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A researcher wanted to prove that a hacker could hijack a home network with ease by exploiting their lack of security, so he cracked 70% of a 5,000 WiFi network sample. This happened in Tel Aviv when he did the WiFi network cracking experiment, Tel Aviv being his hometown.

How Did the Researcher Do His Experiment?

The whole process unfolded as described below, according to the report this researcher published.

The researcher under discussion, by his name Ido Hoorvitch, took a walk in the center of the city and brought with him WiFi sniffing equipment. The intention was the collection of 5,000 network hashes that would help him carry out his research. The next step he followed was to exploit a vulnerability with the role to permit PMKID hash retrieval. This kind of hash is normally useful for roaming purposes.

How PMKID hashes can be gathered? Well, he made use of two things: a network card to the tune of $50 and the tool that allows packet injection. Then, next, he used the free software WireShark for sniffing purposes. In that PMKID hash, one can find 4 things: the passphrase, the MAC address, the SSID of the network, and last, but not least a static integer.

The researcher made use of the Jens “atom” Steube’s method that already existed and belonged to the lead developer of Hashcat. What he managed through the mentioned method was to collect PMKIDs. These would be then useful to be cracked in order to get the password.

The next thing he did was to launch “Mask attacks”. This would help him discover if the users’ wifi passwords corresponded with their cellphone numbers, which is said to be a common practice in Israel. To get the password right, a calculation of the numbers’ options associated with phone numbers from Israel should be made. The researcher managed to crack no less than 2,200 passwords by means of a standard laptop. The average speed per password raised up to 9 minutes.

Then he used ‘Rockyou.txt’,  a dictionary that allowed him to crack more passwords, more specifically 1,359, and most of those passwords contained lower-case characters.

All these supported his WiFi network cracking experiment.

wireshark example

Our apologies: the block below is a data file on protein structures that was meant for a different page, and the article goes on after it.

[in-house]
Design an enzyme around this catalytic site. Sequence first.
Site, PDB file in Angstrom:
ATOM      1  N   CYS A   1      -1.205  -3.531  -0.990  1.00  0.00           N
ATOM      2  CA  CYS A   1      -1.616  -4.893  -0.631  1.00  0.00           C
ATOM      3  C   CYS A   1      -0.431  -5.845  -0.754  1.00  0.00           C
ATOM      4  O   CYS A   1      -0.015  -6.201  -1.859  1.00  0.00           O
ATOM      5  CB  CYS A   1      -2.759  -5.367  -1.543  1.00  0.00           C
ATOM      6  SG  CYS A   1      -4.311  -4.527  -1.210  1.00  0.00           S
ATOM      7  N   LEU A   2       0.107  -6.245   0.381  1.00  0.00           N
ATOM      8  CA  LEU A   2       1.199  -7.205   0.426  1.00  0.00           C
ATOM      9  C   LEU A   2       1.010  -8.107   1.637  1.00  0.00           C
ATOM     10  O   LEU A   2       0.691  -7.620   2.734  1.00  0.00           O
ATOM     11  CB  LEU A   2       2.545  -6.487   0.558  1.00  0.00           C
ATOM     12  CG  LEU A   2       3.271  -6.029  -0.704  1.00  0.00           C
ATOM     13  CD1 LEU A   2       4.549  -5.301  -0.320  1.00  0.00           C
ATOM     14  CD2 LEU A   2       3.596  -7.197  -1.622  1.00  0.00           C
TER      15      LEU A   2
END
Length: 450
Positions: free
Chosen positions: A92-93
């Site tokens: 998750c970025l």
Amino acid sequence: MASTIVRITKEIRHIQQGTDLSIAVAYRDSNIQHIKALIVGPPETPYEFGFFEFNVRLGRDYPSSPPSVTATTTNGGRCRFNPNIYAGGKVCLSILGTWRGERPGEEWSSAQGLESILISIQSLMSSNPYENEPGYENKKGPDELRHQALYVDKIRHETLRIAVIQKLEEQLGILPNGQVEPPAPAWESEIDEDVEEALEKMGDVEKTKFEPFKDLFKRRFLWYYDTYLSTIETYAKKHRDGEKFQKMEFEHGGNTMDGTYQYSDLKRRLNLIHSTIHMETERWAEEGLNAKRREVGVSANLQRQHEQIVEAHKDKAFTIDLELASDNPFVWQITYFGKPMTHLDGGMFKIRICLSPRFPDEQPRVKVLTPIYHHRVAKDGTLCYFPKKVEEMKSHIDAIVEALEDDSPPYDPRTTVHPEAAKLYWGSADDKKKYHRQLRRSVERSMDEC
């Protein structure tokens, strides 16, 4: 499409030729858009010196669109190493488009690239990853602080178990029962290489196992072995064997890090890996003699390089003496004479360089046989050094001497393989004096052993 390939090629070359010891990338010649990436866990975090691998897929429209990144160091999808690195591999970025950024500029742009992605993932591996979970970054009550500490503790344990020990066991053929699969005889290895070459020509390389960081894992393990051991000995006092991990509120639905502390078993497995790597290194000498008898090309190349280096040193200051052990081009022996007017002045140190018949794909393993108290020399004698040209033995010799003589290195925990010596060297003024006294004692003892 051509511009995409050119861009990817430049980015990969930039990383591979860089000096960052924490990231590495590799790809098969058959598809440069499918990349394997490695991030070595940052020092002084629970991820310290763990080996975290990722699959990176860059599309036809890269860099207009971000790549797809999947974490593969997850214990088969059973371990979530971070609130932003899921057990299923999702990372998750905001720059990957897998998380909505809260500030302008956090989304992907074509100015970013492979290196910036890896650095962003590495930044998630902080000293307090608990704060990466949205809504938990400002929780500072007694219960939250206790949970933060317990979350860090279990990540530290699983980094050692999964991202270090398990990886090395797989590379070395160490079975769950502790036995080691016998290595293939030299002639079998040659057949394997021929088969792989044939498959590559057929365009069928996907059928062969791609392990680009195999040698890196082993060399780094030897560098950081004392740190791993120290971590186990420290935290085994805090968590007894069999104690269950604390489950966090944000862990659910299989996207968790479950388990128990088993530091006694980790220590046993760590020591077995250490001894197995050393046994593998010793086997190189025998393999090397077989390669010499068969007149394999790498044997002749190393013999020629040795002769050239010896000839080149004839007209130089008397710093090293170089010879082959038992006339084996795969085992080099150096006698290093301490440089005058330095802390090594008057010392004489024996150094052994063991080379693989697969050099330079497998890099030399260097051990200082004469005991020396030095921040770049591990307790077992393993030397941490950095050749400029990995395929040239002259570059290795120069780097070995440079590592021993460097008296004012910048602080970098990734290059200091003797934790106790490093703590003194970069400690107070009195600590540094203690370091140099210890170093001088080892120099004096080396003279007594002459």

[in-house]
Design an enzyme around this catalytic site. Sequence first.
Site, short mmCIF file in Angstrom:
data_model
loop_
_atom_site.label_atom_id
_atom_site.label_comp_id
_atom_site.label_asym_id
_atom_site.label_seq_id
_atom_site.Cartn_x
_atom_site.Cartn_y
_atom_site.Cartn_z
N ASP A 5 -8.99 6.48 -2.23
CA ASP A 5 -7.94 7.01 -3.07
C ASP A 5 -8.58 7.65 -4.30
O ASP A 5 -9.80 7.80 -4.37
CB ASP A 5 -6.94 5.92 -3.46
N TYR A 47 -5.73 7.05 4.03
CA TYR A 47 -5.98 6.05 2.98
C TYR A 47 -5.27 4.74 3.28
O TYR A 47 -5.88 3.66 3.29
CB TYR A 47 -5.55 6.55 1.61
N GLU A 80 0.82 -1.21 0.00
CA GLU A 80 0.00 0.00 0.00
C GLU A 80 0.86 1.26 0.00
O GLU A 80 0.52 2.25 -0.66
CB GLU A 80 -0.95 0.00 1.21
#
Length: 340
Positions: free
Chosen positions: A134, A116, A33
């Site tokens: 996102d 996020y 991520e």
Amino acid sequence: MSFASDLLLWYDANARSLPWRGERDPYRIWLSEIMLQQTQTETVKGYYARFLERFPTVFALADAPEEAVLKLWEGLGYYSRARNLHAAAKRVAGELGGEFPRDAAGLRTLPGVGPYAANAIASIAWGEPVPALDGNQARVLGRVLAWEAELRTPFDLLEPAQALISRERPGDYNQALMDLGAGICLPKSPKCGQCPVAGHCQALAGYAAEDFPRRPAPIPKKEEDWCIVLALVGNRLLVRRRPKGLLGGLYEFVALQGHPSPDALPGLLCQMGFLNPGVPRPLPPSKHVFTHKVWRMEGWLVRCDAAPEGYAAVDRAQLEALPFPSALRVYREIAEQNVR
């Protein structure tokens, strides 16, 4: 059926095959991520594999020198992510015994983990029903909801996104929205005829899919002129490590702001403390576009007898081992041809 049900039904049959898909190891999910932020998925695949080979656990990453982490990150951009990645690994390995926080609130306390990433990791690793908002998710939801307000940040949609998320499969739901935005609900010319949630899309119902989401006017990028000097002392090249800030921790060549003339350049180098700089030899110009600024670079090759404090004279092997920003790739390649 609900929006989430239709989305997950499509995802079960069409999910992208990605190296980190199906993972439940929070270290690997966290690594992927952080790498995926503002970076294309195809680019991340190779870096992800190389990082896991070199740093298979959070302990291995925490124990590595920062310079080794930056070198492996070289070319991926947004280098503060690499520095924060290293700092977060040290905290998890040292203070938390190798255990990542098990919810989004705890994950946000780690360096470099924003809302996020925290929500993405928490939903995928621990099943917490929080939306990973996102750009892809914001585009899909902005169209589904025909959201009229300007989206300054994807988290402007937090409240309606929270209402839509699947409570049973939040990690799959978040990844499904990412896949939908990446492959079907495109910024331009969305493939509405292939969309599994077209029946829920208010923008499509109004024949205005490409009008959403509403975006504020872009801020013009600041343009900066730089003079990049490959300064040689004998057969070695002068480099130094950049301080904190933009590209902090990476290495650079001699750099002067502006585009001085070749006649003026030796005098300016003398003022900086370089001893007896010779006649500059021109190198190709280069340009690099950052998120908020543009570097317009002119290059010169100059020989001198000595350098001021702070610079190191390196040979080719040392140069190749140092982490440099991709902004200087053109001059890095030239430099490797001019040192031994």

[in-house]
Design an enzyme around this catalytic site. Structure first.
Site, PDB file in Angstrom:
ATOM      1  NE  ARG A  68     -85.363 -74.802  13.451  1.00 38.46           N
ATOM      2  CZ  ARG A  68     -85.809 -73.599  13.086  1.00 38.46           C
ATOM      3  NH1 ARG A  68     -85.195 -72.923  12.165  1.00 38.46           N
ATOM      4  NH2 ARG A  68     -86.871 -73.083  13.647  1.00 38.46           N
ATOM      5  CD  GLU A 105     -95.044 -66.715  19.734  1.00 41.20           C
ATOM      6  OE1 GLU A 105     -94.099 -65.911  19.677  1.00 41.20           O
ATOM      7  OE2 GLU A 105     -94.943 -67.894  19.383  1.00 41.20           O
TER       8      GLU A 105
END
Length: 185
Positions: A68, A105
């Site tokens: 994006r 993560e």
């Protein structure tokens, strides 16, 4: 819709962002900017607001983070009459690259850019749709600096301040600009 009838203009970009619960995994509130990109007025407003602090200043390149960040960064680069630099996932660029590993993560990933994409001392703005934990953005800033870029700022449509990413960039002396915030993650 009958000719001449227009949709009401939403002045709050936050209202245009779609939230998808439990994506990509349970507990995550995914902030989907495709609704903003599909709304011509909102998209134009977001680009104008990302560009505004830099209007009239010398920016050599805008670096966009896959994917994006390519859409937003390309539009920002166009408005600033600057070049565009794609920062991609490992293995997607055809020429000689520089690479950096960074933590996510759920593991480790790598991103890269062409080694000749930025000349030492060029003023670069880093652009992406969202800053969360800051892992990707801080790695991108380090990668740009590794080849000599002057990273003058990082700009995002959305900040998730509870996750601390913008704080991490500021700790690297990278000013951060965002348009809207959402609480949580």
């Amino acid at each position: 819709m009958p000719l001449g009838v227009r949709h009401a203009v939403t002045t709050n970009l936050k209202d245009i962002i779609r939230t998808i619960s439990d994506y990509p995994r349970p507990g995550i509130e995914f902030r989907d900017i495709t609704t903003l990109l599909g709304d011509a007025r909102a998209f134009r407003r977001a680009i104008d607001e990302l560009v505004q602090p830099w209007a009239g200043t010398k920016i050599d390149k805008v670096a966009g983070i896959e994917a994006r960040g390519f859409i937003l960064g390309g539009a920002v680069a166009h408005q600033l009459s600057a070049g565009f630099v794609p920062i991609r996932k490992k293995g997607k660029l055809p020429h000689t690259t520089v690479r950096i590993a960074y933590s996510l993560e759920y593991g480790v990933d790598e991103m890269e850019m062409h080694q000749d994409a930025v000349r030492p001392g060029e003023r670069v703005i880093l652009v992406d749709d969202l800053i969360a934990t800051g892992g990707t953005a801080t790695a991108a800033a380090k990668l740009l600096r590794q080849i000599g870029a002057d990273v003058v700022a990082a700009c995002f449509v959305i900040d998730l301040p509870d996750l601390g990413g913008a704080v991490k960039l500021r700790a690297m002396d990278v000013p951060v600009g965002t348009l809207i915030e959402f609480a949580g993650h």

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The Reason Behind Weak Passwords

There are still users who do not implement the best cybersecurity practices, this leading to them being exposed to various cyber threats, and WiFi network cracking is just one of so many threats out there. From this research, it only comes out that people do not use strong passwords on their WiFi networks.

Tips for a strong password could be:

  • Make sure it is long enough, about 10 characters, and that it does not contain merely lowercase letters or even short words with meaning. The password should be long enough, with all kinds of symbols, combining upper and lower case ones and also mixing letters and numbers.
  • You can also try the Bruce Schneier method, think about a personal phrase, and change it into a password by using some of the phrase sequences. Like in his example from 2008: “This little piggy went to market might become tlpWENT2m.”
  • Use a password manager that will generate strong passwords for you.

How to Stay Safe?

Cybersecurity has evolved and we at Heimdal™ know how to keep up with the latest cybersecurity trends. You can give it a try to our awarded Threat Prevention working on prevention rather than mitigation. It has a mind-blowing accuracy in preventing upcoming threats. However, our solutions work better together based on the concept of unified cybersecurity. Interesting? Take a look at our website!

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Andra Andrioaie

Security Enthusiast

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Hi! My name is Andra and I am a passionate writer interested in a variety of topics. I am curious about the cybersecurity world and what I want to achieve through what I write is to keep you curious too!

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